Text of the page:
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by Chuck Lovelace - VA100

Run For Food International was officially launched on January 20, 2011. As one of the founders of this new organization, I wanted to use the first couple of blogs to let you know what inspired this effort. This journey unknowingly began in October of 2008 when I became a victim of the economic downturn. I had spent the previous ten years of my career working as an executive for three different franchise organizations. While working at these companies, I was responsible for development, operations, training and marketing. Prior to my leap into the for-profit arena, I worked as a nonprofit executive for twenty years.
After being downsized, I spent the next several months sending out resumes and cover letters. I applied to a number of online jobs and filled out what seemed like hundreds of profile forms. While prospective employers couldn’t ask your age, they had no problem asking you what year you graduated from high school. So, I was not only confronted with the terrible economy, but I was also a little closer to retirement than employers were comfortable with. Needless to say, this was a challenging combination when you are looking for a job. Most companies were looking for specific skill sets not the smorgasbord of experiences I had to offer.
Armed with a positive attitude and the support of my family, I did what many unemployed executives do: I became a consultant. Establishing a good consulting business takes a lot of hard work and you have to get some breaks along the way. During the summer of 2010, a good friend and mentor introduced me to a prospective client that would be the catalyst for a life-changing journey.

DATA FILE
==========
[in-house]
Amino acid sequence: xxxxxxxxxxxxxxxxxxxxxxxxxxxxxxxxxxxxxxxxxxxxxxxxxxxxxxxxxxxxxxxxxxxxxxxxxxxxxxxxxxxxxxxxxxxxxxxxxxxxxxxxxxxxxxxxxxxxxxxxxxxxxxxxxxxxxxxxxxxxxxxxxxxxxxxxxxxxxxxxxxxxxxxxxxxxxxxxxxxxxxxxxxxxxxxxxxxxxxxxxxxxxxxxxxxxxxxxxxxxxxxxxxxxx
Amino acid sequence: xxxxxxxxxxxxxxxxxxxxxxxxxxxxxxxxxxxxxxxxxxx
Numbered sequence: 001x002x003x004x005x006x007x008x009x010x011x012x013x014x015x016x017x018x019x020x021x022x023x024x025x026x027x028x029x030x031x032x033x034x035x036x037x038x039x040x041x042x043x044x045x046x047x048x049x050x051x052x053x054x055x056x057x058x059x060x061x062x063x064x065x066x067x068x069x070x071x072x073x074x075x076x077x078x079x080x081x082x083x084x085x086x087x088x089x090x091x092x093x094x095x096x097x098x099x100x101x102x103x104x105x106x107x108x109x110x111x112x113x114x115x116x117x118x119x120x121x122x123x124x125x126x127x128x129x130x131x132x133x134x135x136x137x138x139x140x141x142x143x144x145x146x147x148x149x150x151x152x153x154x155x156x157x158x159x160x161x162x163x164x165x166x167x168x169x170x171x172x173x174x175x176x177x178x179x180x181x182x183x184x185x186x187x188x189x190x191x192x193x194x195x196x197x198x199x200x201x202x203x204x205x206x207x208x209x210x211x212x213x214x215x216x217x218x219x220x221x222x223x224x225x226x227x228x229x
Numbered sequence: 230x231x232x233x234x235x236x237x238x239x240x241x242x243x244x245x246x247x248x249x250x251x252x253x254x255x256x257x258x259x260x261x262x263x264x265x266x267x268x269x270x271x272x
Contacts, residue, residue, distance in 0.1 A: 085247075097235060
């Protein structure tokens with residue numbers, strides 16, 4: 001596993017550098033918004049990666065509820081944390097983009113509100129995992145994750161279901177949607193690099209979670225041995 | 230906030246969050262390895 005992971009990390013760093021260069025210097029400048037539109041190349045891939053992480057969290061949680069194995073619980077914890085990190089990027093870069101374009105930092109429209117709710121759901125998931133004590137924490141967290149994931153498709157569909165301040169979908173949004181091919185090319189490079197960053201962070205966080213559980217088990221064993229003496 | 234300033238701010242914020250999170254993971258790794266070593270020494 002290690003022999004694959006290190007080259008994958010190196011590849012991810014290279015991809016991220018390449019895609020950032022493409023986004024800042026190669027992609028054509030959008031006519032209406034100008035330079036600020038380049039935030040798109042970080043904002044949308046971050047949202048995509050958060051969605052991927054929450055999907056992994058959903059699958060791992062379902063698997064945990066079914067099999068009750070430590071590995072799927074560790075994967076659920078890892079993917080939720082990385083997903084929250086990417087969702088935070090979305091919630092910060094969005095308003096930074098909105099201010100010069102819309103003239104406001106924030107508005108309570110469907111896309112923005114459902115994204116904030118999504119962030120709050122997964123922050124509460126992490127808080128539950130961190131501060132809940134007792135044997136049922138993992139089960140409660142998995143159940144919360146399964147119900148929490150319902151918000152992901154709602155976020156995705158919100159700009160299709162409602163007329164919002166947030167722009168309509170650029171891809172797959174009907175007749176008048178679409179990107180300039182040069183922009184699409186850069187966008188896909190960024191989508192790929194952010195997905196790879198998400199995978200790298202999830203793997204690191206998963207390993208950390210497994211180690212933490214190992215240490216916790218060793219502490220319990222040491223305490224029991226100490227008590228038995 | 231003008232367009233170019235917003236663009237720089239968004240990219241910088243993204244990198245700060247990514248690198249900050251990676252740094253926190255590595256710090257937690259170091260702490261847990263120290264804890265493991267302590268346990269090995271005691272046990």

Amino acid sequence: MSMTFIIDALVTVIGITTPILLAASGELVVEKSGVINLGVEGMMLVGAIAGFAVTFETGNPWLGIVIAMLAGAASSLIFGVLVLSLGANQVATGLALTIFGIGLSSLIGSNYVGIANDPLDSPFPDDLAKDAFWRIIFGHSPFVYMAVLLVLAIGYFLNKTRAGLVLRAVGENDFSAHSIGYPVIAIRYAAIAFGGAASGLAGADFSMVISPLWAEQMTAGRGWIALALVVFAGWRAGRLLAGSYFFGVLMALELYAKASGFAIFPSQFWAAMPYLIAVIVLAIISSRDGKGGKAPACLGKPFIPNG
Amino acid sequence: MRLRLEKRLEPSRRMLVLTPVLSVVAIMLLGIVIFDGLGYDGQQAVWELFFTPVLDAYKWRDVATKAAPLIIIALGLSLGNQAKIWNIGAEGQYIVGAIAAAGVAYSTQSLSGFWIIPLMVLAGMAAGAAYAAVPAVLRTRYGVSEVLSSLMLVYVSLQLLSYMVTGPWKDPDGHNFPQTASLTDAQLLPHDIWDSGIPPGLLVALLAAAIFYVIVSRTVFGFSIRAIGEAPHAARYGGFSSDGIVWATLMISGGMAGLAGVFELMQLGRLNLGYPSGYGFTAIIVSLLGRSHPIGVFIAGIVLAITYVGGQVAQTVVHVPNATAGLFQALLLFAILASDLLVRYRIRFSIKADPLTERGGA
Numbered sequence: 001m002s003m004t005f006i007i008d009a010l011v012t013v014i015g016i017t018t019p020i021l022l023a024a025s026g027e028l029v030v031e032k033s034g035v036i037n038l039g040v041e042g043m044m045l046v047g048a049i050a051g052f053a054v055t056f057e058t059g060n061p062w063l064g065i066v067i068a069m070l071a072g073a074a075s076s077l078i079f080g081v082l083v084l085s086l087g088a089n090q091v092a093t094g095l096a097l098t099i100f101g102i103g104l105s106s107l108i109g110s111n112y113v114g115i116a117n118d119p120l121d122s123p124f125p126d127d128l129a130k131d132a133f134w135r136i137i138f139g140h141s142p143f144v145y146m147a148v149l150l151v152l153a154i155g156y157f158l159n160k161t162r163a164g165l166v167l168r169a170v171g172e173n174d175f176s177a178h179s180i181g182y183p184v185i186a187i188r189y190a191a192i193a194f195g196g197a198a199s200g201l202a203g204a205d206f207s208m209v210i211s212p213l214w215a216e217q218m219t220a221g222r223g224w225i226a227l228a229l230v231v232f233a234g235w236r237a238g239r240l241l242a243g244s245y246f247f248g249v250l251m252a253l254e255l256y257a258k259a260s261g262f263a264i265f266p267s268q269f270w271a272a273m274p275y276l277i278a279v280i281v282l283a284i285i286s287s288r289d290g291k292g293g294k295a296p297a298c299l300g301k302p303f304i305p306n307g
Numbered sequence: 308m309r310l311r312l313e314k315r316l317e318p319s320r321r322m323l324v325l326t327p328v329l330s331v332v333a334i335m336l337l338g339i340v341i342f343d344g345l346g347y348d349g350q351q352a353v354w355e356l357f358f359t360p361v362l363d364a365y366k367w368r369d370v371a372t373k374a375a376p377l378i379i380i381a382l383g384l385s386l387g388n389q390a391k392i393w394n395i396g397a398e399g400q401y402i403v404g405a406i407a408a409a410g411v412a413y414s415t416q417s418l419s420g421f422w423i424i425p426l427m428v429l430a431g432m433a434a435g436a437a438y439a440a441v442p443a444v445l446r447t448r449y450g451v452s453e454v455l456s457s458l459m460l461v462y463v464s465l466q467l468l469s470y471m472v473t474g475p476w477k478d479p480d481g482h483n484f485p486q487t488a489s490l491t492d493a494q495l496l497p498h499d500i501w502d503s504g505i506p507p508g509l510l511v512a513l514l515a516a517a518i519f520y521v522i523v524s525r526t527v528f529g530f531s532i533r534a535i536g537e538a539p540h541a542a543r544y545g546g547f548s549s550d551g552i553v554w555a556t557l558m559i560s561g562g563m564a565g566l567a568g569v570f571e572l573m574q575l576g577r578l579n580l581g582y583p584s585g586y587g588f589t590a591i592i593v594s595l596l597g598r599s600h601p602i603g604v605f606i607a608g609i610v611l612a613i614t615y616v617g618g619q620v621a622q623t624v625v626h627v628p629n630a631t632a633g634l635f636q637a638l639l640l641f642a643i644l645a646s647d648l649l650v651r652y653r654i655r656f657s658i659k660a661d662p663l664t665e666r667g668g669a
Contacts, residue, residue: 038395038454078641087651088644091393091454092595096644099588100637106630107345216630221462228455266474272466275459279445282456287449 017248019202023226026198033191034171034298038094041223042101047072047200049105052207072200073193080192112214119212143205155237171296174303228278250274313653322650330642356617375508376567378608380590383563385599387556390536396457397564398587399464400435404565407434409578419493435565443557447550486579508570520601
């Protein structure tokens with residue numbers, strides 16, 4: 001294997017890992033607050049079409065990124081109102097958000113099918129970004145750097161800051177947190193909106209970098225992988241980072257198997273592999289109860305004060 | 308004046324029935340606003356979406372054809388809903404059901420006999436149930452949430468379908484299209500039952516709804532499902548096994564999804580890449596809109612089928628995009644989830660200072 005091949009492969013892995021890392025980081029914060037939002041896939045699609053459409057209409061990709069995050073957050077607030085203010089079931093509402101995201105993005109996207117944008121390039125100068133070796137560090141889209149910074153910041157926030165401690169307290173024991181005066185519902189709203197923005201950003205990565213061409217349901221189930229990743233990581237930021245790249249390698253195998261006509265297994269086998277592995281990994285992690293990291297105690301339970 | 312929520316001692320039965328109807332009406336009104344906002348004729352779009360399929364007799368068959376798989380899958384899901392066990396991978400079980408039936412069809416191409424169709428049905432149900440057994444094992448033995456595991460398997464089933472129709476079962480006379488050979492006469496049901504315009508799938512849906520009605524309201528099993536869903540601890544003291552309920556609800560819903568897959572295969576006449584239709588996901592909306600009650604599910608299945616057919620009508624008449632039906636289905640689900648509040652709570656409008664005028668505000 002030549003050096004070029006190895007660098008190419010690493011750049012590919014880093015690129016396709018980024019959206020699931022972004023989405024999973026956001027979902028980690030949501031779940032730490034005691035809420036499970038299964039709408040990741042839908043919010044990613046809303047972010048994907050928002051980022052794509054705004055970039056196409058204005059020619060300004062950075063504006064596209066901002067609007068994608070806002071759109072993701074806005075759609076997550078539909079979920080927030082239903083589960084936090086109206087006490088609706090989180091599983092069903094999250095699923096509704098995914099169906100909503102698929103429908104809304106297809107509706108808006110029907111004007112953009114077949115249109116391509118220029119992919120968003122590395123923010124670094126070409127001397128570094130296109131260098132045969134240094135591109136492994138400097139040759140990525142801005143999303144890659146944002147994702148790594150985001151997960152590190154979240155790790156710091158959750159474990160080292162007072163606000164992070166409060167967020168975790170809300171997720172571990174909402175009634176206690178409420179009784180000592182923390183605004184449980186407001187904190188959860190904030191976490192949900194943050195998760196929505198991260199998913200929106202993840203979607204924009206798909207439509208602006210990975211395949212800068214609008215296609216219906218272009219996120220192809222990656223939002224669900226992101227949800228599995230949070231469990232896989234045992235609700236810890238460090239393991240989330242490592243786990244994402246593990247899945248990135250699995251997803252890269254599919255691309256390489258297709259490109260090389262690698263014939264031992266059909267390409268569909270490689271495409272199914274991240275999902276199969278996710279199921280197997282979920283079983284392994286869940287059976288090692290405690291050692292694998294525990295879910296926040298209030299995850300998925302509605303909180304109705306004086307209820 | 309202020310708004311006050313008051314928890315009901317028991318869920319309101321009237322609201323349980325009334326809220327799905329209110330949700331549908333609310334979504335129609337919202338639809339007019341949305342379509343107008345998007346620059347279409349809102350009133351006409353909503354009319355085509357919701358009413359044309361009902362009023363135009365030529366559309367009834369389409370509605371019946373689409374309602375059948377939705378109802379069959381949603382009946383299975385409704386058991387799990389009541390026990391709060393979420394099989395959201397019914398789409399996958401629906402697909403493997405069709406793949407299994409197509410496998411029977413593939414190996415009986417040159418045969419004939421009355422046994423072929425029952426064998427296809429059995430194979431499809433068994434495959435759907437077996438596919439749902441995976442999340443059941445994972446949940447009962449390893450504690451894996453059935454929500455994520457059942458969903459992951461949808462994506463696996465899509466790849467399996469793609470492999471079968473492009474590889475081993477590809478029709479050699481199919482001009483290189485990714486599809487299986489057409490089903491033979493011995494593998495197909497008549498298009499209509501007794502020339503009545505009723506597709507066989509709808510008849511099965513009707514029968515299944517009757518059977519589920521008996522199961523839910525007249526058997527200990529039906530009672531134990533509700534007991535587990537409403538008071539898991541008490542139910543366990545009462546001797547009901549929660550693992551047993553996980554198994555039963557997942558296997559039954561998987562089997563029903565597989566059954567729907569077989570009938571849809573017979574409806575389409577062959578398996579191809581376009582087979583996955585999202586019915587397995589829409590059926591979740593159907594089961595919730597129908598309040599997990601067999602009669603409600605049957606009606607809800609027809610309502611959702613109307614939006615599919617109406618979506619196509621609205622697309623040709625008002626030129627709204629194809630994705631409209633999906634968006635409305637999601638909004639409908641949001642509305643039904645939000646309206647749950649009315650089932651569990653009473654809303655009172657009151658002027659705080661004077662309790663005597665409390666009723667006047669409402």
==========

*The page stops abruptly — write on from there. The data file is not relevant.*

In preparation and anticipation of a consulting project with this prospect, I began to investigate and learn more about the global hunger crisis and the staggering numbers of people it affects. Over the years I remember being told by my parents to “clean my plate because there were children starving all over the world.” As I got older, I saw the television commercials with pictures of starving children and a plea for money from Sally Struthers. While I felt saddened by the thought of people dying from starvation, I was not moved to do anything about it. When the commercial was over, I quickly forgot about the graphic pictures and I didn’t give the message much further thought.
My research for this potential consulting job led me to visit a local chapter of Stop Hunger Now. I was familiar with Stop Hunger Now (SHN) because the chairman of the company I worked for in the late 90’s was one of the founders. Back then my response to SHN was similar to that of the Sally Struthers commercials. I listened to the message of people dying from hunger and hunger-related illnesses, but I didn’t hear it and it certainly didn’t impact me.
During the summer of 2010 I met Clark, an employee of Stop Hunger Now. After spending time with him and participating in a meal-packaging event, I began to look at the hunger crisis in a different light. Clark told me about an organization in Iowa that was also packaging meals. They were seeing tremendous results and making a huge impact in Tanzania. I have to be honest. I had no idea where Tanzania was and had to consult my world atlas. These experiences made me begin to look beyond myself and my own surroundings and start to see that this global hunger crisis was real. I also began to feel like I had been blessed with some talents and skills that would be useful in the fight to eradicate hunger around the world. The next couple of months were eye-opening and would set in motion the next phase of my life.

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